On their ninth album, Obituary continue to deliver ash-blackened riffage and unintelligible, swamp-creature squeals straight from the bile sac.
When people add audio elements to their front-yard Halloween displays, they’re usually of the cartoonish variety – spooky sound effects, “Thriller", “The Monster Mash", etc. But this year, if you’re interested in truly scaring the shit out of your block, cue up track three of Obituary’s ninth album.
It’s called “Pain Inside", and it has pretty much everything that makes death metal exciting, frightening, and ultimately cathartic. First, an ominous five-chord dirge. Then, vocalist John Tardy’s growling rasp as he repeats “all we need is pain inside", his voice part shrieking cryptkeeper, part basso demon, sounding like James Hetfield if he was slowly choking to death. And finally, the third act shift that’s the mark of a great 1980s metal band, a jolt of energy in the form of a darkly triumphant riff, which sets the stage for Tardy’s horrifying coup de grace: “We’re coming to get you! We’re coming to get you AND YOUR SOUL!” This is more than just loud-ass nihilism. It’s biker music for Cenobytes. Even if you know that these guys are middle-aged Floridians on a lark, the brutality of their music is so convincing, it almost makes you wish you had a rosary lying around, just to be safe.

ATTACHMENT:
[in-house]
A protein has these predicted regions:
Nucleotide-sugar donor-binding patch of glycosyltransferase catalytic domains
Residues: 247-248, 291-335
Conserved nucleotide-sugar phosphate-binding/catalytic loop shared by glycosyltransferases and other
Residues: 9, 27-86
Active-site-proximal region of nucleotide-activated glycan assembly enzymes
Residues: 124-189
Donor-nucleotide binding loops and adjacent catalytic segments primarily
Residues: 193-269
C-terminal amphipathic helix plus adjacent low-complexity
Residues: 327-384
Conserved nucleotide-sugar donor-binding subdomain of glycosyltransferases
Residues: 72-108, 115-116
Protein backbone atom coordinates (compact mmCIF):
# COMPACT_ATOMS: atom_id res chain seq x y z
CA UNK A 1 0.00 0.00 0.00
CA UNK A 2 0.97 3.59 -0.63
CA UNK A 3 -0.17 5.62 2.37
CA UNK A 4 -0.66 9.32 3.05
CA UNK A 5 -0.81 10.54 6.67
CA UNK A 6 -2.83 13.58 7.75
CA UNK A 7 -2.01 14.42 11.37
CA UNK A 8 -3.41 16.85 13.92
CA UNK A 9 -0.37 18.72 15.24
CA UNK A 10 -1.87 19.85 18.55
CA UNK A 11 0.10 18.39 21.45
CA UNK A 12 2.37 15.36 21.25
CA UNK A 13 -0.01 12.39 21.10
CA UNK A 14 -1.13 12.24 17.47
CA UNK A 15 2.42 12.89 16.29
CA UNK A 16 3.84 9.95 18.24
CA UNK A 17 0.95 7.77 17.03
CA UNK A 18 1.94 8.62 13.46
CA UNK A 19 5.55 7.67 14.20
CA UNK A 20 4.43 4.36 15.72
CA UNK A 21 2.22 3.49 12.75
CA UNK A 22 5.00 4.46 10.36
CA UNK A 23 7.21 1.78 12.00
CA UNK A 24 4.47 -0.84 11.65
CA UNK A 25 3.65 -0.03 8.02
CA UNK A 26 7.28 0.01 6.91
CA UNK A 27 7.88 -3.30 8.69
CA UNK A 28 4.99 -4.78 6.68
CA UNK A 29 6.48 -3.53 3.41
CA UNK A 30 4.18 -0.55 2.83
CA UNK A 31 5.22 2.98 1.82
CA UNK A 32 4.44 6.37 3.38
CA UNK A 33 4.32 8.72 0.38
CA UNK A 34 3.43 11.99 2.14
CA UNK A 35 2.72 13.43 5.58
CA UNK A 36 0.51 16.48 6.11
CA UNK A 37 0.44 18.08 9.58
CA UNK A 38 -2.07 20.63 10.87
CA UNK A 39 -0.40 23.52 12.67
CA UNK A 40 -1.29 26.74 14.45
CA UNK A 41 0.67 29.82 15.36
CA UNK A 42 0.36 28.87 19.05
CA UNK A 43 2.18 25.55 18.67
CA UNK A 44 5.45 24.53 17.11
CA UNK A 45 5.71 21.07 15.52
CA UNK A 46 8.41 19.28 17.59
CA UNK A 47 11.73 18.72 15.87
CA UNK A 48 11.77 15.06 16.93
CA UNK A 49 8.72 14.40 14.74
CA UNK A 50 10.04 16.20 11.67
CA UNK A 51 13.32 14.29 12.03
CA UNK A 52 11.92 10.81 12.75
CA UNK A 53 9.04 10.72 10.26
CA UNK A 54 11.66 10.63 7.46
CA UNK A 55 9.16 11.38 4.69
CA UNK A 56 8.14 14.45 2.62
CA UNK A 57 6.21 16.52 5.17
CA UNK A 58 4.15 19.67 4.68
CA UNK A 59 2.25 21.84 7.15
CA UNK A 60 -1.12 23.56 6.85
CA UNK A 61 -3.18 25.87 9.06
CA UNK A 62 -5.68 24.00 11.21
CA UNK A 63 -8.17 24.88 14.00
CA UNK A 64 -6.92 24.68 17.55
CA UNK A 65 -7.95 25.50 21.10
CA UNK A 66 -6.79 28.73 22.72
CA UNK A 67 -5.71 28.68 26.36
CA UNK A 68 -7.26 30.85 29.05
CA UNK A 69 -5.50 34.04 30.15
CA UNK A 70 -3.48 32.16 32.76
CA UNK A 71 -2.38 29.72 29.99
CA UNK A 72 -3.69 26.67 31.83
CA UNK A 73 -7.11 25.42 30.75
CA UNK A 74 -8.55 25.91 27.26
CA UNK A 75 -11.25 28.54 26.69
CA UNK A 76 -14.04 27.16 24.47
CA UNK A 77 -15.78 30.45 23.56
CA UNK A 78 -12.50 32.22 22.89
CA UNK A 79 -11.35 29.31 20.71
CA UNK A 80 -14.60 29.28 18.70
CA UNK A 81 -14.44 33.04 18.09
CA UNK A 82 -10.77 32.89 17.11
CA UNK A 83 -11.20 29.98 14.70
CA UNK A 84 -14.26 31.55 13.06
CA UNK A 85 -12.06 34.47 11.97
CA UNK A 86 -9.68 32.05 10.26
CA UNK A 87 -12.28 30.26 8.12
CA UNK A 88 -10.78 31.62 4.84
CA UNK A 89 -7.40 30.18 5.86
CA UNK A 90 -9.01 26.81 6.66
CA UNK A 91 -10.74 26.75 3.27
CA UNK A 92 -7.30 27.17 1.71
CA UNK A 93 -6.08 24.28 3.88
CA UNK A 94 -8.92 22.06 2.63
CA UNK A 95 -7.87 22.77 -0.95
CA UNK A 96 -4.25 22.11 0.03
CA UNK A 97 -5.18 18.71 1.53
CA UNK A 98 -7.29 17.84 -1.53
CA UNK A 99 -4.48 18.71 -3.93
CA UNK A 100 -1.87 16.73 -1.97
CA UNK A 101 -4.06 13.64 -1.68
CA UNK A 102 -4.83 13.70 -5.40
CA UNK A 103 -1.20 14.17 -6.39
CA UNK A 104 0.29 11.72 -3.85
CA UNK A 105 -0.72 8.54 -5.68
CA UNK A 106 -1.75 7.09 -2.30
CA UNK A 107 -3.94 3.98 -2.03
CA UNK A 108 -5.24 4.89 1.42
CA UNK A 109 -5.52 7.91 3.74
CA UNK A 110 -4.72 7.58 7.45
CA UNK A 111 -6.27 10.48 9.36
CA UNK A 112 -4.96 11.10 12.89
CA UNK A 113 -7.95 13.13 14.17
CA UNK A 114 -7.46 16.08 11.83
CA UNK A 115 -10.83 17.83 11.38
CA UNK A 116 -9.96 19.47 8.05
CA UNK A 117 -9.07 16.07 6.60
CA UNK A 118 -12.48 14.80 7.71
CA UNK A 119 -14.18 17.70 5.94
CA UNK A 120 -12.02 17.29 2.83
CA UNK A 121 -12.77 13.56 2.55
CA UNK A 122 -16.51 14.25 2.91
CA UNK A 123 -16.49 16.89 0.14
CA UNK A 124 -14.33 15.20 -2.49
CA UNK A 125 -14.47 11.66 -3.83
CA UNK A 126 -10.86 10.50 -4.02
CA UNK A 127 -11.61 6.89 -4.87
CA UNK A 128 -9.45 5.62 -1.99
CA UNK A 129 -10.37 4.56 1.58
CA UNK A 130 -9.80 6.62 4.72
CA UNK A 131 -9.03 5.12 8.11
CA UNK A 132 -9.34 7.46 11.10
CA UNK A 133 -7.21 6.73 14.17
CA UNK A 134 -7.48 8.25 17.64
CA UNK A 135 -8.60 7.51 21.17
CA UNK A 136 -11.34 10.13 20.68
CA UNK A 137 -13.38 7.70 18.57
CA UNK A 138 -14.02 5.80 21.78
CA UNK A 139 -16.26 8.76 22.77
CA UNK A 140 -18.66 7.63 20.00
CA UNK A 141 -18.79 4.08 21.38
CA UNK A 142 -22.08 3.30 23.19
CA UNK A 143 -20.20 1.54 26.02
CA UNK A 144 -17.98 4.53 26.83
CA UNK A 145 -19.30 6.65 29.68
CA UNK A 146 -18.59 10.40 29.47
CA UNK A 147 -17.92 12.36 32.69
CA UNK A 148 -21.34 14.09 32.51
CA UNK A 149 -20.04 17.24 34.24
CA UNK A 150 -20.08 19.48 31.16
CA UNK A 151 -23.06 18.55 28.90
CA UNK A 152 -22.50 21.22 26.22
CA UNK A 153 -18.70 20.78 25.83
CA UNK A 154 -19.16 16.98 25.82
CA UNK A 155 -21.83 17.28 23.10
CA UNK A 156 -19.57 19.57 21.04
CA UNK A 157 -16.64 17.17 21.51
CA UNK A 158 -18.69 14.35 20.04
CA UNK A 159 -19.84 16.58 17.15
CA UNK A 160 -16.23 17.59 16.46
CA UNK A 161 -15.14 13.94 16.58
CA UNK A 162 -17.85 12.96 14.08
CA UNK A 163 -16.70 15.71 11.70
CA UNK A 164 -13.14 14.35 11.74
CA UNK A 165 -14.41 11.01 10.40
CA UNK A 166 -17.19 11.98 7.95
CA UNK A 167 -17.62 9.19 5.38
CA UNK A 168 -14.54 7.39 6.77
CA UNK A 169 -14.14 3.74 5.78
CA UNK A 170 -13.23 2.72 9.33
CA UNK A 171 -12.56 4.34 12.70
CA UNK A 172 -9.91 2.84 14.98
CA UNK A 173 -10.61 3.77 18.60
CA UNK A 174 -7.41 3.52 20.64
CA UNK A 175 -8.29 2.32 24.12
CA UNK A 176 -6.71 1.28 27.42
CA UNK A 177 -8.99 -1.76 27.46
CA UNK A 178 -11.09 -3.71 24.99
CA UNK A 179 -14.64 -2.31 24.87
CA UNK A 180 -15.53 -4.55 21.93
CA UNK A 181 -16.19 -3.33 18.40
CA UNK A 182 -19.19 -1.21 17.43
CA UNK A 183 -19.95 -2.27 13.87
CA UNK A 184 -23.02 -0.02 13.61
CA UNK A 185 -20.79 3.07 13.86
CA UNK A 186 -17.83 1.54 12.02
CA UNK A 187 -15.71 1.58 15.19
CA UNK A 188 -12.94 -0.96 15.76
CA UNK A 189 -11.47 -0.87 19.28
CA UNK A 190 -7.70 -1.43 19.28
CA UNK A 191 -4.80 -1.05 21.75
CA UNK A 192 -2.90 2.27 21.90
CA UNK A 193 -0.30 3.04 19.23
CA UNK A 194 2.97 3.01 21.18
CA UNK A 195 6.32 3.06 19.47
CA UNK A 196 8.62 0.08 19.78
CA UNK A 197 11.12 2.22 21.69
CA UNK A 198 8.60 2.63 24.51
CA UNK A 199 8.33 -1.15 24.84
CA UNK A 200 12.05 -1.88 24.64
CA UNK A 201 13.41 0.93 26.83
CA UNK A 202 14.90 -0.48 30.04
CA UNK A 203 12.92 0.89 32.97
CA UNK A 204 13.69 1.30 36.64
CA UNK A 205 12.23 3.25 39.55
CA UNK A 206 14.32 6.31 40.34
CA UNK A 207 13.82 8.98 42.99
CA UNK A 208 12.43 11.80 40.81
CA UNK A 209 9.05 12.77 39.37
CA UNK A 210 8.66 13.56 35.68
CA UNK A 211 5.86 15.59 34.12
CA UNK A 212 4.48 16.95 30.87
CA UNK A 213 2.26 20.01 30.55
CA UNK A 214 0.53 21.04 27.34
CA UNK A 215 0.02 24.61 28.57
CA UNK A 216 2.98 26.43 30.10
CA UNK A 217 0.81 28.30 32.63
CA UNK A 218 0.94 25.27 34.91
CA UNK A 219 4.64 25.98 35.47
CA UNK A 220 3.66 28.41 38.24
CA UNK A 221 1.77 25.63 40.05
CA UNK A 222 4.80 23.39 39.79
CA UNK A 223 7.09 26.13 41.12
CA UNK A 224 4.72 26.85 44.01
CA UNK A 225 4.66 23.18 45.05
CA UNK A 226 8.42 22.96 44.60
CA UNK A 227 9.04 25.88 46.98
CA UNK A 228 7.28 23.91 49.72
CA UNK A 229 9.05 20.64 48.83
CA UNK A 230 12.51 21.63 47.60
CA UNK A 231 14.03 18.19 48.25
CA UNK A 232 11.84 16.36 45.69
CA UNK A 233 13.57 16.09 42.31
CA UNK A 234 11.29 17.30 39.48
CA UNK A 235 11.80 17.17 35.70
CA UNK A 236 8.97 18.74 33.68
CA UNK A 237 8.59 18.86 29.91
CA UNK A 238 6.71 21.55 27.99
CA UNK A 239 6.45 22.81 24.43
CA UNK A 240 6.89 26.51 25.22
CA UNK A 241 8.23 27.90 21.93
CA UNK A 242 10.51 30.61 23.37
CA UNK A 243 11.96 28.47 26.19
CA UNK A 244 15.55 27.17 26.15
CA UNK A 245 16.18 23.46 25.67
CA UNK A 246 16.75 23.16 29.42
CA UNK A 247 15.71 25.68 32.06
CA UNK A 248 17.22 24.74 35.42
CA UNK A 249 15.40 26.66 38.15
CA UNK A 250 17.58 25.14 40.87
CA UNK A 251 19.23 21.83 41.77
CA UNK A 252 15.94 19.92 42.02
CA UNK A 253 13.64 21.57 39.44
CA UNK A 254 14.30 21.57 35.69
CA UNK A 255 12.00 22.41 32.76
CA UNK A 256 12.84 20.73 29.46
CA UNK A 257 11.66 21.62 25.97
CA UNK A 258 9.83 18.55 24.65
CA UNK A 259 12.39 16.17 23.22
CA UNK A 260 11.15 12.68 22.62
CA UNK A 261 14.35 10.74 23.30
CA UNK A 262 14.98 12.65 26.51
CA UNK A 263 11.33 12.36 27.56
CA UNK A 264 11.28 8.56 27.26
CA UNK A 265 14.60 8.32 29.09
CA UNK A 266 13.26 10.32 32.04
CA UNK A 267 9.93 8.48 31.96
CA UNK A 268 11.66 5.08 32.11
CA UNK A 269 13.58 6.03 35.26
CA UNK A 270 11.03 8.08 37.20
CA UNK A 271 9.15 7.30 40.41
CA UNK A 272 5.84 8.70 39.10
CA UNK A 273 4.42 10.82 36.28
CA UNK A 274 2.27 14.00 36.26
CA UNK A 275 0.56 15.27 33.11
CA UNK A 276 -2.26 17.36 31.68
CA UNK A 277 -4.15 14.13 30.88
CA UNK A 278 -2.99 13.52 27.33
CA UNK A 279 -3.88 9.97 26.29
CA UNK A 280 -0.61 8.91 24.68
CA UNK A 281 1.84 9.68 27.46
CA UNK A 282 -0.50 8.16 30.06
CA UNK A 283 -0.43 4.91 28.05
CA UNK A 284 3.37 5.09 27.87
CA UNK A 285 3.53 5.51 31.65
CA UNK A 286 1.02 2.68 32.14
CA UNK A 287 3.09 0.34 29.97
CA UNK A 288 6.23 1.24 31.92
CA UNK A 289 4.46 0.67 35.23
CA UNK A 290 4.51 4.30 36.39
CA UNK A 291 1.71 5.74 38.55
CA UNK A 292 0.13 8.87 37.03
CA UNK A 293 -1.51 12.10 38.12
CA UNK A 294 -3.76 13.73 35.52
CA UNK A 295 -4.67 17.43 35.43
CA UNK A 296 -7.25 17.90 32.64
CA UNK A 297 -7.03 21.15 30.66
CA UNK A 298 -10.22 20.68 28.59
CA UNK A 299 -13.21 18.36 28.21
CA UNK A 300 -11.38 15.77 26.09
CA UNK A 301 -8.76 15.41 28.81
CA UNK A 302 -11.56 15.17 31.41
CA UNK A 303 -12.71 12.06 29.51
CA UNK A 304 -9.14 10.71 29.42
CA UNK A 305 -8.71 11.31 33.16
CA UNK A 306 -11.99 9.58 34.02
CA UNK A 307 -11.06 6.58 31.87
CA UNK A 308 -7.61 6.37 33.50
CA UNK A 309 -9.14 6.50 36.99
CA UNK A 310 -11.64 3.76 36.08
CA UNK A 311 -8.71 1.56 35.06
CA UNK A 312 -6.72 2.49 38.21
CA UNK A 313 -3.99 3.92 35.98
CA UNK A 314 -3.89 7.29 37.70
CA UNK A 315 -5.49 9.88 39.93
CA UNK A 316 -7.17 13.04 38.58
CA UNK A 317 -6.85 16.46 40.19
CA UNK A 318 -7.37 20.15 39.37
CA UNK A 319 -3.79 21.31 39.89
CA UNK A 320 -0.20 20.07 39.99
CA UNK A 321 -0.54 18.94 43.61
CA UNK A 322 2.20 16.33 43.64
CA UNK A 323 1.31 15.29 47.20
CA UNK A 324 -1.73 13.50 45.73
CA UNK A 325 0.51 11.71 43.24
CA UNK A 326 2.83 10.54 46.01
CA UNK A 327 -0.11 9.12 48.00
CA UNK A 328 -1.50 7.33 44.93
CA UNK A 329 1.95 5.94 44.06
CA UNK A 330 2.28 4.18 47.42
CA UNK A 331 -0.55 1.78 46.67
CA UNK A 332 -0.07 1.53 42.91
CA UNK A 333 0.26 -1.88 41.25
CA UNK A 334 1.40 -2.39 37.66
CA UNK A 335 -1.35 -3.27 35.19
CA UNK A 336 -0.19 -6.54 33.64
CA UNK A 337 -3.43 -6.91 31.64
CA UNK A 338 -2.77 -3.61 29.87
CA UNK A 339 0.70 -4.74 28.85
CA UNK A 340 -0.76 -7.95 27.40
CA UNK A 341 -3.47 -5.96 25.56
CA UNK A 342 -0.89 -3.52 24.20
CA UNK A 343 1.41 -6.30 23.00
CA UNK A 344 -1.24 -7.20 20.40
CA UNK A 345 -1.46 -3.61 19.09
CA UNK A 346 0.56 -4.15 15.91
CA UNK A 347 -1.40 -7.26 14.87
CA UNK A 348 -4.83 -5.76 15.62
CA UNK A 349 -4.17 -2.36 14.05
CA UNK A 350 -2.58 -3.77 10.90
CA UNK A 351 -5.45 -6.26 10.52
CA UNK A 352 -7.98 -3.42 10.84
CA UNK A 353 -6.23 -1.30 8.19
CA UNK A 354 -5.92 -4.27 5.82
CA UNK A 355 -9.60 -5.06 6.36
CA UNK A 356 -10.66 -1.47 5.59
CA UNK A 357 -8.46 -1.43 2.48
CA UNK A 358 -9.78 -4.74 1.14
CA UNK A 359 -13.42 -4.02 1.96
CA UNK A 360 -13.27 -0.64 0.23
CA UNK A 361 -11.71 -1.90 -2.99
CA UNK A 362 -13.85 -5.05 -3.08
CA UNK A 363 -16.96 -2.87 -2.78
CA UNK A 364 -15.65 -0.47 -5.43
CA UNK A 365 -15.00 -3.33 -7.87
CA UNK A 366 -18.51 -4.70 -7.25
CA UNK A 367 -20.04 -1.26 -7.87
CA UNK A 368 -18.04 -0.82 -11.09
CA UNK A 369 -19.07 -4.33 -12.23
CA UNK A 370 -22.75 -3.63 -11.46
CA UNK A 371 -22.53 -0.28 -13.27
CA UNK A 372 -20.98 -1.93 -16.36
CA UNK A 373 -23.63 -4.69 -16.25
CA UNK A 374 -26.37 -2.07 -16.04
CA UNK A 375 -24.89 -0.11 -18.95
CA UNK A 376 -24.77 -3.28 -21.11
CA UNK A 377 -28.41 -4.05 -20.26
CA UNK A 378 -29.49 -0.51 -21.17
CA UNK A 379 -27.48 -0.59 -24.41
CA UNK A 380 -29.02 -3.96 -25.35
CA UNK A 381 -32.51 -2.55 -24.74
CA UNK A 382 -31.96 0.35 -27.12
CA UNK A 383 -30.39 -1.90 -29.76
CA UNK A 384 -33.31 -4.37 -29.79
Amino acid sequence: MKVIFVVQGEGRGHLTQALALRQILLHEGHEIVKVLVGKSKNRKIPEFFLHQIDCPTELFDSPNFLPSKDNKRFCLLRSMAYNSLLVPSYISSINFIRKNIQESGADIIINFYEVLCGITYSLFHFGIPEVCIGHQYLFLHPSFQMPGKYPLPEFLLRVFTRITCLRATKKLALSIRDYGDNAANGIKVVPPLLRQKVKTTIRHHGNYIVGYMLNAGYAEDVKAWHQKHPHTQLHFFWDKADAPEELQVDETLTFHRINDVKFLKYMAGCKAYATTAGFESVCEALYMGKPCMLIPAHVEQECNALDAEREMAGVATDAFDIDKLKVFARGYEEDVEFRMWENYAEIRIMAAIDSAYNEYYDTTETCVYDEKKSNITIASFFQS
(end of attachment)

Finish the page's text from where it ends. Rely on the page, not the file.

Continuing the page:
Add Obituary to the list of metal groups who nosedived in the ‘90s, only to be successfully reborn in the 21st century -- you know, that storyline that Metallica playacts every few years. Inked in Blood is the Tampa foursome’s fourth LP since reuniting in 2005, so it makes sense that it wouldn’t have the refreshing immediacy of something like Carcass’s 2013 comeback, Surgical Steel (the gold standard for death metal reunions these days). Yet the commitment bleeds through these songs, along with a meat and potatoes metal sensibility that’s the luxury of bands whose identity crises are far in the rearview. Obituary just wants to be Obituary, and that’s all we want them to be. So we get plenty of ash-blackened, catchy riffage, unintelligible, swamp-creature squeals straight from Tardy’s bile sac, and next to no studio trickery to leaven the darkness.
Well, by ‘80s Tampa metal standards, that last statement might be untrue. The band’s early triumphs like Slowly We Rot were so compressed to be almost make the bass player expendable. The guitars screeched and clamored like an AM radio transmission from hell; as your eardrums rattled, the walls were closing in. Inked in Blood has a low end to speak of; it’s the group’s first recording with metal mercenary Terry Butler on bass (Butler played on another Florida thrash masterwork, Death’s Leprosy). It’s a good move for 2014 Obituary as these songs aren’t foaming at the mouth quite like they were 25 years ago, and the (slightly) richer atmosphere goes nicely with the sense of older artists easing back into their well-worn plywood coffins.
One thing that hasn’t changed, however, is the subject matter. Death, violence, pain, and lies have been this band’s bread and butter for a long, long time. That they continue to take inspiration from it all is clearly, and ironically, life sustaining.